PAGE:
IBAHRI calls for revocation of scheduled execution of Swedish-Iranian academic Ahmadreza Djalali

Thursday 12 May 2022

The International Bar Association’s Human Rights Institute (IBAHRI) calls on the Islamic Republic of Iran to revoke its decision to execute Swedish-Iranian academic and researcher Ahmadreza Djalali. The IBAHRI states that various international fair trial standards have not been met. Consequently, the conviction is unsound.

The execution is reportedly scheduled for Saturday 21 May 2022. The date was announced by Iranian authorities on 4 May 2022, which coincided with the last day of the trial of Hamid Nouri, a former Iranian official, who, under the principle of universal jurisdiction, is being tried in Sweden for murder and war crimes.

IBAHRI Co-Chair, and Immediate Past Secretary General of the Swedish Bar Association, Anne Ramberg Dr Jur hc, stated: ‘The IBAHRI calls on Iran to revoke the unjust death sentence meted out to Mr Djalali. The IBAHRI is appalled that Mr Djalali’s life will be ended as a result of a vaguely defined crime lacking in legal certainty and numerous fair trial violations. Iran is a state party to the International Covenant on Civil and Political Rights (ICCPR). It is incumbent upon the country to uphold its commitments to the Articles of the Covenant regarding fair trial standards. However, Iran has violated them at every turn. The ‘‘trial’’ and conviction of Mr Djalali is a misuse of state power in its most blatant form. The conviction should not stand. The absence of fair trial guarantees and due process, including a defendant’s right to a lawyer and the presumption of innocence are basic rights that have been shamelessly flouted by Iran.'

Mr Djalali was sentenced to death in October 2017 by Branch 15 of the Revolutionary Court in Tehran for ‘corruption on earth’ (efsad-e fel-arz). He had been arrested and detained in Iran in April 2016 while attending several workshops on disaster medicine. He was subsequently convicted on charges of spying for Israel based on a confession that Mr Djalali said was obtained under torture and coercion while being held in prolonged solitary confinement without access to a lawyer. The video-recorded statement was subsequently broadcast on state-run television, violating his right to the presumption of innocence.

In December 2017, the United Nations Working Group on Arbitrary Detention held that Mr Djalali was arbitrarily arrested and detained in violation of Article 9 of the ICCPR, in part due to the non-observance of international norms relating to a fair trial. In particular, Article 14.3(g) of the ICCPR provides that a defendant must not be ‘compelled to testify against himself or to confess guilt’. The UN Human Rights Committee has held that violation of fair trial guarantees in proceedings that result in the imposition of the death penalty renders the sentence arbitrary in nature, and therefore violates Article 6 of the ICCPR – the right to life.

IBAHRI Co-Chair Mark Stephens CBE commented: ‘In 2021 it was reported that the number of death penalty executions carried out was equal to almost one for every day of the year; at least 333 individuals were killed. This figure represented a 25 per cent increase on the previous year. It is completely unacceptable that in the 21st century, the euphemism ‘‘capital punishment’’ remains in any vocabulary and that states continue to put to death their own citizens. In some jurisdictions the state-sanctioned practice of killing a person is incomprehensibly on the rise. The IBAHRI strongly condemns the ongoing, systematic use of the death penalty in Iran and repeats its call to the Iranian authorities to introduce a moratorium on executions and to ratify the Second Optional Protocol to the ICCPR without delay.’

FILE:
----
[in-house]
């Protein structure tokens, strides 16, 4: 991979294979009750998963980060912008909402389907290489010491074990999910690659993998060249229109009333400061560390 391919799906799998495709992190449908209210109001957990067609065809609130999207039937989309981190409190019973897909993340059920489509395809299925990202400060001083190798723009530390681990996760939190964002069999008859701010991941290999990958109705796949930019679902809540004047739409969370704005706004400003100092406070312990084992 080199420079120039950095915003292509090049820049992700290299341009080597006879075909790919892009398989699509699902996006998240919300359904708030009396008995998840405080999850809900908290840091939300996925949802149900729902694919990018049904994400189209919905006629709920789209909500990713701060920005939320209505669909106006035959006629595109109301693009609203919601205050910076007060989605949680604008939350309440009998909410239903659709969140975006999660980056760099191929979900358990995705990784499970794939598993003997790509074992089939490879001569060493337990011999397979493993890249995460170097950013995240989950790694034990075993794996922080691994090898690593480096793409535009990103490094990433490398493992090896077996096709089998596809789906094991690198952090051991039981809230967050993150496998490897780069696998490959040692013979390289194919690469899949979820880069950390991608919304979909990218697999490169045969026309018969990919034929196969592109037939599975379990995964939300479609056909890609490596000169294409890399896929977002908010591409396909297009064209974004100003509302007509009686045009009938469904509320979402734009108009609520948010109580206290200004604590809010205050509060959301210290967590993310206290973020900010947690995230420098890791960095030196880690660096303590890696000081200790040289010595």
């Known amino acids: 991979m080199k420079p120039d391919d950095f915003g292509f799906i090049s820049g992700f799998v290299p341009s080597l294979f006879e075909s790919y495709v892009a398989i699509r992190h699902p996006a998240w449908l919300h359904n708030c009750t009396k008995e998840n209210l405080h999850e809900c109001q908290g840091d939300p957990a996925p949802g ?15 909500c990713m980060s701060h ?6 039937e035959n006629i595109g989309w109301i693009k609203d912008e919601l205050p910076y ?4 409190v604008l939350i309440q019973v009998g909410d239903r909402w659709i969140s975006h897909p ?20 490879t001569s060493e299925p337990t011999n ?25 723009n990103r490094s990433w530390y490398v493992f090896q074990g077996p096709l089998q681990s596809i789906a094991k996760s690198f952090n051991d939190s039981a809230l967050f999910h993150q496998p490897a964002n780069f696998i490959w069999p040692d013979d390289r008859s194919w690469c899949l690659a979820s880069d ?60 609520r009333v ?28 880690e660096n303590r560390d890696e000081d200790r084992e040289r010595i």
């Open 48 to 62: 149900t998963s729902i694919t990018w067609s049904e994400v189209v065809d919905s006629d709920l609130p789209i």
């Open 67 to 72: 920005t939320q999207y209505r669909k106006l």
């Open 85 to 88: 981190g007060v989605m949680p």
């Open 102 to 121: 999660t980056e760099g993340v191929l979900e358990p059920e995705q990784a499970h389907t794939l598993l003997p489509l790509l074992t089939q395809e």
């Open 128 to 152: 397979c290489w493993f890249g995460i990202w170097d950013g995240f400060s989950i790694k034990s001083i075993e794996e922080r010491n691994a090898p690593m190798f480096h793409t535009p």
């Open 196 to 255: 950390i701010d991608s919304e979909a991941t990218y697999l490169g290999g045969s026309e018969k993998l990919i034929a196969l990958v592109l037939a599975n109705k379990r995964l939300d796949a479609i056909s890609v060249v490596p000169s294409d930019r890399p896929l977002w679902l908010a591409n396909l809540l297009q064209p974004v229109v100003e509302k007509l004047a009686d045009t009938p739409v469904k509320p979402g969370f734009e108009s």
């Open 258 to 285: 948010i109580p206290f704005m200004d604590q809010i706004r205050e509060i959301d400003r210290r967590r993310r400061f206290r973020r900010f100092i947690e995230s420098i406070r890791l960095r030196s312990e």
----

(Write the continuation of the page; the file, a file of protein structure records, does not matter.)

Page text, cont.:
Branch 15 of the Revolutionary Court in Tehran is infamous for its disregard for the rule of law. Reportedly, it is responsible for the majority of death sentences leading to executions in the country.


Notes to the Editor 

  1. On 15 May 2008, the IBAHRI Council adopted its Resolution on the Abolition of the Death Penalty, which considers, inter alia, the clear trend towards viewing the death penalty as a breach of international human rights standards, as well as committing the IBAHRI to actively promoting the abolition of the death penalty.
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  3. The International Bar Association’s Human Rights Institute (IBAHRI), established in 1995 under Founding Honorary President Nelson Mandela, is an autonomous and financially independent entity, working to promote, protect and enforce human rights under a just rule of law, and to preserve the independence of the judiciary and the legal profession worldwide.
  4. Find the IBAHRI (@IBAHRI) on social media here:
  5. The International Bar Association (IBA), the global voice of the legal profession, is the foremost organisation for international legal practitioners, bar associations and law societies. Established in 1947, shortly after the creation of the United Nations, it was born out of the conviction that an organisation made up of the world's bar associations could contribute to global stability and peace through the administration of justice.

    The IBA acts as a connector, enabler, and influencer, for the administration of justice, fair practice, and accountability worldwide. The IBA has collaborated on a broad range of ground-breaking, international projects with the United Nations, the European Parliament, the Council of Europe, The Commonwealth, the Organisation for Economic Co-operation and Development (OECD), the World Trade Organization, the International Monetary Fund and the World Bank, among others.

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For further information, please contact: the IBA Human Rights Institute at IBAHRI@int-bar.org